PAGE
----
If the counties reach the least restrictive tier, yellow, the caps on theme park attendance rise to 35% of maximum capacity.

That system is likely to change. Gov. Gavin Newsom recently announced a goal of ending many restrictions and reopening California's economy on June 15, assuming sufficient supply of COVID-19 vaccines and stable, low hospitalization numbers.

People ride a roller coaster.
People ride a roller coaster at Six Flags Magic Mountain shortly after the park reopened. (Mel Melcon / Los Angeles Times)

Will all the rides and attractions be open?

Many will be open, but several will be closed — some for pandemic safety reasons and others for maintenance and upgrades.

At Disneyland, the Disneyland Monorail, Finding Nemo Submarine Voyage and Sailing Ship Columbia are among those that will be shut. At Disney California Adventure, the Red Car Trolley and the Golden Zephyr will be closed. Here's a full list: Which attractions will be open on Disneyland’s opening day, and which will still be closed?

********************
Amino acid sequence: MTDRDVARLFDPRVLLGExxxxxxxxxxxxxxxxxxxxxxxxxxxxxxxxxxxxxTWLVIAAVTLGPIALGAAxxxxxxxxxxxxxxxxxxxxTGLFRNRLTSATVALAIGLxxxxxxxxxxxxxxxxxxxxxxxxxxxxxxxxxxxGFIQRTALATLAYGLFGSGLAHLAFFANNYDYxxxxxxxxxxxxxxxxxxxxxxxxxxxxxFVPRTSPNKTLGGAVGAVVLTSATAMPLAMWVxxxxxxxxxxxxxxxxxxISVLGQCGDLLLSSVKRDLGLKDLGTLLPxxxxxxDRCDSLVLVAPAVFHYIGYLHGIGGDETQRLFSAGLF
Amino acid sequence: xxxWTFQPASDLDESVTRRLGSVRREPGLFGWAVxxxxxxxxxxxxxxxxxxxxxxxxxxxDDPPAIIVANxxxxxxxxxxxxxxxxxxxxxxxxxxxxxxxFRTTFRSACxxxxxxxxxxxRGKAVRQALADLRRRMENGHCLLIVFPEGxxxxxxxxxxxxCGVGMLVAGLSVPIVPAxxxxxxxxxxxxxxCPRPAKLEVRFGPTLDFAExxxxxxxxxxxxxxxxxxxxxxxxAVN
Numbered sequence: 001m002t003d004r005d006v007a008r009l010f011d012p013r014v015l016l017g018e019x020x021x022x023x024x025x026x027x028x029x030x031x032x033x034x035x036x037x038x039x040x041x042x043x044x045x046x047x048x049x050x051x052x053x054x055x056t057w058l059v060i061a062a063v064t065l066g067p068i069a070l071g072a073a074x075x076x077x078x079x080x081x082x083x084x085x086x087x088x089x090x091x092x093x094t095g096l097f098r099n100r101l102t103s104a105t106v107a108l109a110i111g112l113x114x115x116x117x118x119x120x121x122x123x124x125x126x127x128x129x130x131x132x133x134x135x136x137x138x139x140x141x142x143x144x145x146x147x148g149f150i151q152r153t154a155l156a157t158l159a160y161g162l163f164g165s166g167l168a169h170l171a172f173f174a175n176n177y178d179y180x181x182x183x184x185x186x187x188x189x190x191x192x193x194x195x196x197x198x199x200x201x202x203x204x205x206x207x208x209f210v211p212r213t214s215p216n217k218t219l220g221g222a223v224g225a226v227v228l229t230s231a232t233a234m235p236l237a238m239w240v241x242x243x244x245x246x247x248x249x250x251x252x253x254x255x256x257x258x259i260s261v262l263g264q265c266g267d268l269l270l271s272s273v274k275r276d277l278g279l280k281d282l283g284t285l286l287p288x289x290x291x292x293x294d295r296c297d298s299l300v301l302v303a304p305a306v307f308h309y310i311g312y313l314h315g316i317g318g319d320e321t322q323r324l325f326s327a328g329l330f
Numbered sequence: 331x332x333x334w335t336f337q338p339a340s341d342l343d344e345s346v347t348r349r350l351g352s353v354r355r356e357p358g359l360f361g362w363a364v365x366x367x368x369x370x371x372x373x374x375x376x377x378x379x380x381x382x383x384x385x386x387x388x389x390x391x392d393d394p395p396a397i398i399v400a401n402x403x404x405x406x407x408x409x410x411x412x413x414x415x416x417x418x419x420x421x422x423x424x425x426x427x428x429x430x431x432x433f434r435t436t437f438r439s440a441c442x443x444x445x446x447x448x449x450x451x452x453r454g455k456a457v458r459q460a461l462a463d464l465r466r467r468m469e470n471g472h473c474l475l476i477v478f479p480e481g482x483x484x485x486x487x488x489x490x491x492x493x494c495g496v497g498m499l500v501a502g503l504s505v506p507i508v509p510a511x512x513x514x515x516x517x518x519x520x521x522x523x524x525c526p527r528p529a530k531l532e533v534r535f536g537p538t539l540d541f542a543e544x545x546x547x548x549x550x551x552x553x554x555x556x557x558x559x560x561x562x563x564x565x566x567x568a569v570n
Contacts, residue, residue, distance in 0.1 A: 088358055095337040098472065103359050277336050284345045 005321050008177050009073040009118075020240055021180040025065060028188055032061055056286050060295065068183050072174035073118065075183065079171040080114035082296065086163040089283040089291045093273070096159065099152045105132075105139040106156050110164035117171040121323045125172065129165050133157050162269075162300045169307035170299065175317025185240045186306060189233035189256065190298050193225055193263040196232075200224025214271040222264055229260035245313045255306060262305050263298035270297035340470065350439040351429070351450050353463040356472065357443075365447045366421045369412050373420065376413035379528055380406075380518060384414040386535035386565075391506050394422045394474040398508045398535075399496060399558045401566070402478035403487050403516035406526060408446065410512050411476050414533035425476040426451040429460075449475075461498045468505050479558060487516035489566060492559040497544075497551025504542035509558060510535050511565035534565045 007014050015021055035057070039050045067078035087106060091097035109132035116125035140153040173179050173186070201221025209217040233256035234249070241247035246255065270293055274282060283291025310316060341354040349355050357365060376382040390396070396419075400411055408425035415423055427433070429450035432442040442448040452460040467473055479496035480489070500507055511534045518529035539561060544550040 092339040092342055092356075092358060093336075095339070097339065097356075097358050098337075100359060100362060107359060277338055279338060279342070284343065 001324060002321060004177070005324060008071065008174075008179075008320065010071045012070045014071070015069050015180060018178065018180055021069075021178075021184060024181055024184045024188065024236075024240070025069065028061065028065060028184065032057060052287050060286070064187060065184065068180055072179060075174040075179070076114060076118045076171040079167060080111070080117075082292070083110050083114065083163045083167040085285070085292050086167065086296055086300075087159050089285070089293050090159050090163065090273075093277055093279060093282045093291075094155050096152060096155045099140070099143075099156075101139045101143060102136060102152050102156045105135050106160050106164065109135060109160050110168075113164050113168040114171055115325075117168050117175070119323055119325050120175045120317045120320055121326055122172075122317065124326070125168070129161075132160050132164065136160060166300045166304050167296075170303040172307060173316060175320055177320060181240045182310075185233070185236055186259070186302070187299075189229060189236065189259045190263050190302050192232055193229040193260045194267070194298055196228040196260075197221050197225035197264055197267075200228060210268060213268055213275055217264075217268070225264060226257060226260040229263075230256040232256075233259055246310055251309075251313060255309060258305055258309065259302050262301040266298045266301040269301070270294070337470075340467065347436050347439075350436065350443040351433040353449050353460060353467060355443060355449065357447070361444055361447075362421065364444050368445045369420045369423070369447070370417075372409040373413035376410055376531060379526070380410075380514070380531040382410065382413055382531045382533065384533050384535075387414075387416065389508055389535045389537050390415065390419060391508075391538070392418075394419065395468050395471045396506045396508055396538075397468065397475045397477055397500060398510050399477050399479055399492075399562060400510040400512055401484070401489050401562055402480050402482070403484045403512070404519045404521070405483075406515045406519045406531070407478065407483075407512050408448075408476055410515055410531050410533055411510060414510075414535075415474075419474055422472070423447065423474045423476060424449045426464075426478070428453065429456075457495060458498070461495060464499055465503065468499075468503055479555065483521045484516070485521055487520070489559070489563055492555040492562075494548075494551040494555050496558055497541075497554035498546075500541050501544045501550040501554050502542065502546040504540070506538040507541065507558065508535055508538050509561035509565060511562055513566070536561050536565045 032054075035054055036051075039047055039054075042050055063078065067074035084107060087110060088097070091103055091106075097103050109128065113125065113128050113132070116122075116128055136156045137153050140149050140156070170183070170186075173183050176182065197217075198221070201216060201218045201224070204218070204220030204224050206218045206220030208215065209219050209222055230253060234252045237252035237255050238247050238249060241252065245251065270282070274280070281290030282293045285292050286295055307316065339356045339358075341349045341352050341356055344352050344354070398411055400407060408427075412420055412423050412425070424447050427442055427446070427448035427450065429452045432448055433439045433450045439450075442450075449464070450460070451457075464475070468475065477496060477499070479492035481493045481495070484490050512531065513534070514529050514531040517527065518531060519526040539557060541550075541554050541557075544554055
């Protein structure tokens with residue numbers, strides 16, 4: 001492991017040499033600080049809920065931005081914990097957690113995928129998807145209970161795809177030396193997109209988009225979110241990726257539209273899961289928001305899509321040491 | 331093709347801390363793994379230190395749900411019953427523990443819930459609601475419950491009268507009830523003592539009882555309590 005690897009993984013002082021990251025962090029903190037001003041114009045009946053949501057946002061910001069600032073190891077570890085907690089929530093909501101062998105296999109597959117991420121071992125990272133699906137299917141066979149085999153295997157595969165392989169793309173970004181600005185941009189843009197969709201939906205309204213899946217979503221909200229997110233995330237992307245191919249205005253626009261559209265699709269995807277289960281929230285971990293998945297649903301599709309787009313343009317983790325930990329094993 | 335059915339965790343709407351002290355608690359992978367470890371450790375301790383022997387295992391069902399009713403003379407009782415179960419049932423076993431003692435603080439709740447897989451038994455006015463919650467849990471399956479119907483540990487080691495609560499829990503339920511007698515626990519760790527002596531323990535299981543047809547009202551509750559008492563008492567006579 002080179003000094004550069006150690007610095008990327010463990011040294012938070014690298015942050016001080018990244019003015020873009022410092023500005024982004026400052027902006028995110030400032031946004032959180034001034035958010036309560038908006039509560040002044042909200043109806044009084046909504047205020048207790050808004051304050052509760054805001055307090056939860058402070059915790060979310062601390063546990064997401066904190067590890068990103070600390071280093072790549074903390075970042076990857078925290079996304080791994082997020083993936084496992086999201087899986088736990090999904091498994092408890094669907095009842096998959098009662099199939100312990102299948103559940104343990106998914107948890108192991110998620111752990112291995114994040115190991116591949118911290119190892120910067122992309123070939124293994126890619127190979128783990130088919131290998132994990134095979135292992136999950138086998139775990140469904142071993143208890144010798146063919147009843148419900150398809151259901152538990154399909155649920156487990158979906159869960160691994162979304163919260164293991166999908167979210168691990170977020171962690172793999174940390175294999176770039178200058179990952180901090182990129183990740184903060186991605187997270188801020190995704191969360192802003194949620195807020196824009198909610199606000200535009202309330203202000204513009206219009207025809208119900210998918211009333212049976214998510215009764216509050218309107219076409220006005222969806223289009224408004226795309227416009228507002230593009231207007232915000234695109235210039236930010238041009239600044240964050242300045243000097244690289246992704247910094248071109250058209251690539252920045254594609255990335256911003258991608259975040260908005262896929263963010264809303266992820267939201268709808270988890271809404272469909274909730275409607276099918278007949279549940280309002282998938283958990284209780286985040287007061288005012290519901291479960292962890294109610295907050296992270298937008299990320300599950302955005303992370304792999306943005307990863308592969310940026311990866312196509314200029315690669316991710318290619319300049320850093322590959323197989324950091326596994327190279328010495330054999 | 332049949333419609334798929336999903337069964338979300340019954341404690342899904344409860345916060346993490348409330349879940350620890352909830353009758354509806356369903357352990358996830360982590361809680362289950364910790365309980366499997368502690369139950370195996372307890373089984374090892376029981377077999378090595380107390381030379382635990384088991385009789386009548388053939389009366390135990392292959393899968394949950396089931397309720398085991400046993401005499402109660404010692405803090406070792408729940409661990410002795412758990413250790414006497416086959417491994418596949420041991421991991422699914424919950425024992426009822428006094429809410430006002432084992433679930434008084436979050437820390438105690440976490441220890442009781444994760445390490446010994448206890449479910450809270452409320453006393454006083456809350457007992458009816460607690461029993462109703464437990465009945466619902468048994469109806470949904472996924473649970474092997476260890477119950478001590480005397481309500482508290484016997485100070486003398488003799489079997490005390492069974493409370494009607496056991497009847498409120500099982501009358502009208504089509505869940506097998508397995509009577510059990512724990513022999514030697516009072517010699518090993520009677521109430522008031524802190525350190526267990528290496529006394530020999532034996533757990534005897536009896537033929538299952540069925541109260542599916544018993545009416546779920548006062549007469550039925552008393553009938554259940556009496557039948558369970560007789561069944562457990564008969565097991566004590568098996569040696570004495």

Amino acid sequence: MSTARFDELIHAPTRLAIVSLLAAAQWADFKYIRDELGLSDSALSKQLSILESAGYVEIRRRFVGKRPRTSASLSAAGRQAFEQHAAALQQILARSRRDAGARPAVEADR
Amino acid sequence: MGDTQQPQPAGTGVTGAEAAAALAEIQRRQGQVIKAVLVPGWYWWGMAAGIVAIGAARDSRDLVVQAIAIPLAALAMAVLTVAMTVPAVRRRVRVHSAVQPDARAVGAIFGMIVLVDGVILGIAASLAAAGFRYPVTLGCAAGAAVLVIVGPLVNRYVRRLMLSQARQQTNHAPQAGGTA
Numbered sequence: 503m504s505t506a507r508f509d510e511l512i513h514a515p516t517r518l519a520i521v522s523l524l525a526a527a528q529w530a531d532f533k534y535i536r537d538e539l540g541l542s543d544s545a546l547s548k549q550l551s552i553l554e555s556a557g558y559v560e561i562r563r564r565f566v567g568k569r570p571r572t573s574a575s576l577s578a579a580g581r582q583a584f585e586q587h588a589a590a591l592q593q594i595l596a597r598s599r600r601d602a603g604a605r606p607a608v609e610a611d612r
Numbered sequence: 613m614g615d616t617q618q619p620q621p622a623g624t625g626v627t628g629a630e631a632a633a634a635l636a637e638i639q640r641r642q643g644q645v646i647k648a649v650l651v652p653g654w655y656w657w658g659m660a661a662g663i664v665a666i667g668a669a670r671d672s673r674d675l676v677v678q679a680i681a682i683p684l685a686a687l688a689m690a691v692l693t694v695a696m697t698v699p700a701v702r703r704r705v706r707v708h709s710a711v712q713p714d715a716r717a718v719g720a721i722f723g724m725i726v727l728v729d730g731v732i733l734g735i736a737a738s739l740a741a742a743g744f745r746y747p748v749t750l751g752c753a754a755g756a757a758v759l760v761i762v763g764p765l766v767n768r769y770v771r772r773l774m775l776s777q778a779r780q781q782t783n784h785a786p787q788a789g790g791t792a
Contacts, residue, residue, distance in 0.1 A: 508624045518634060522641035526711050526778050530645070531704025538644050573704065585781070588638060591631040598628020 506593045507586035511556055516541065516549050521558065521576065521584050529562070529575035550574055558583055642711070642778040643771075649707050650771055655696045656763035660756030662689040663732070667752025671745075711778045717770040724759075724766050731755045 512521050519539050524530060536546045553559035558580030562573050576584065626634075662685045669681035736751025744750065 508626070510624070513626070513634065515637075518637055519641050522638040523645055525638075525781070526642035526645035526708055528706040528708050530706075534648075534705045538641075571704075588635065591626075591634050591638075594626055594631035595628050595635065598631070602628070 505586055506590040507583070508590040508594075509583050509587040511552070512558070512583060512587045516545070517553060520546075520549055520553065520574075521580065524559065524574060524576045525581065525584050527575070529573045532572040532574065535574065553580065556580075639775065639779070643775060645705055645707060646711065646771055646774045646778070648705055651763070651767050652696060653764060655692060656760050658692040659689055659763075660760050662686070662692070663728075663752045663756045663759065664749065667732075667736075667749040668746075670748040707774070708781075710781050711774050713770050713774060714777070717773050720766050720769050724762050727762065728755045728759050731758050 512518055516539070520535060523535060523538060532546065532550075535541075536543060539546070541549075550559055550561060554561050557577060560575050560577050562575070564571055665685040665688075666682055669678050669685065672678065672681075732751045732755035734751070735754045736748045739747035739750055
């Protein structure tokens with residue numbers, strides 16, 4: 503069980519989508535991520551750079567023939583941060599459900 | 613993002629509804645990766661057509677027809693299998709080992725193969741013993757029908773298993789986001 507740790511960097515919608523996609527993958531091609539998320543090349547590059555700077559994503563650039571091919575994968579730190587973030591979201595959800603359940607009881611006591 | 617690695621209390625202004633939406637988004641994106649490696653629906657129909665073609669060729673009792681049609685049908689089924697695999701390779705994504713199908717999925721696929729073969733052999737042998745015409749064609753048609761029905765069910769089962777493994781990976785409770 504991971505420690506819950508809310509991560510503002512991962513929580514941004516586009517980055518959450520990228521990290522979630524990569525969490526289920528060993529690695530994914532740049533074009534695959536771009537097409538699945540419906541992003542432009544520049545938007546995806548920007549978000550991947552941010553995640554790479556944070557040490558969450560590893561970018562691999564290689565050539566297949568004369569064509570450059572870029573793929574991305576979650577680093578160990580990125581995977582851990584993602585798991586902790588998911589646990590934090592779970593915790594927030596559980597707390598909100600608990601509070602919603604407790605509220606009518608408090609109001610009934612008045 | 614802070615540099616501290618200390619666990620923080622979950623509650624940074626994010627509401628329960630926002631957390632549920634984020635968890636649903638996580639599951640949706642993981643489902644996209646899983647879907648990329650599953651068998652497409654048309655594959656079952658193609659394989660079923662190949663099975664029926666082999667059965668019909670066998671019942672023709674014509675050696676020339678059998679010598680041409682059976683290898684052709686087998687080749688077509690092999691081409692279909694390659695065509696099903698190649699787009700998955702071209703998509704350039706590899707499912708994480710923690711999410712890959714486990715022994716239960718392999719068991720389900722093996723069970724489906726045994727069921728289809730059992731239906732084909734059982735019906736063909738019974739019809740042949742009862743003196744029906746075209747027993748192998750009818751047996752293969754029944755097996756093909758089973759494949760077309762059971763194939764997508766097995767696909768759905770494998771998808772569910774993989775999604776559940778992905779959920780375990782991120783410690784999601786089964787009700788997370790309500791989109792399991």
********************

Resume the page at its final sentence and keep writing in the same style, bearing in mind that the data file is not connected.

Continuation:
Fireworks displays and parades, such as the Magic Happens parade at Disneyland, will also be temporarily canceled to avoid attracting crowds that violate physical distancing requirements.

At Universal Studios Hollywood, the WaterWorld stunt show remains closed.

At Six Flags Magic Mountain, a steampunk-themed indoor acrobatic show and a bumper-car attraction are closed.

At all the major parks, opportunities to interact with costumed characters will be radically different. The characters will still be at Disneyland, Disney California Adventure and Universal Studios Hollywood but must stay at least six feet away from visitors. That means no handshakes or hugs with Mickey or Goofy.

Six Flags Magic Mountain has temporarily suspended having costumed characters in the park.

Will there be any new or updated rides?

Yes. Disneyland, for example, has updated its Haunted Mansion ride, and Universal Studios Hollywood debuted a ride based on the animated movie "The Secret Life of Pets."

Additionally, some indoor attractions are being shortened to adhere to health rules. Full story: How COVID changed Disneyland’s Star Wars: Rise of the Resistance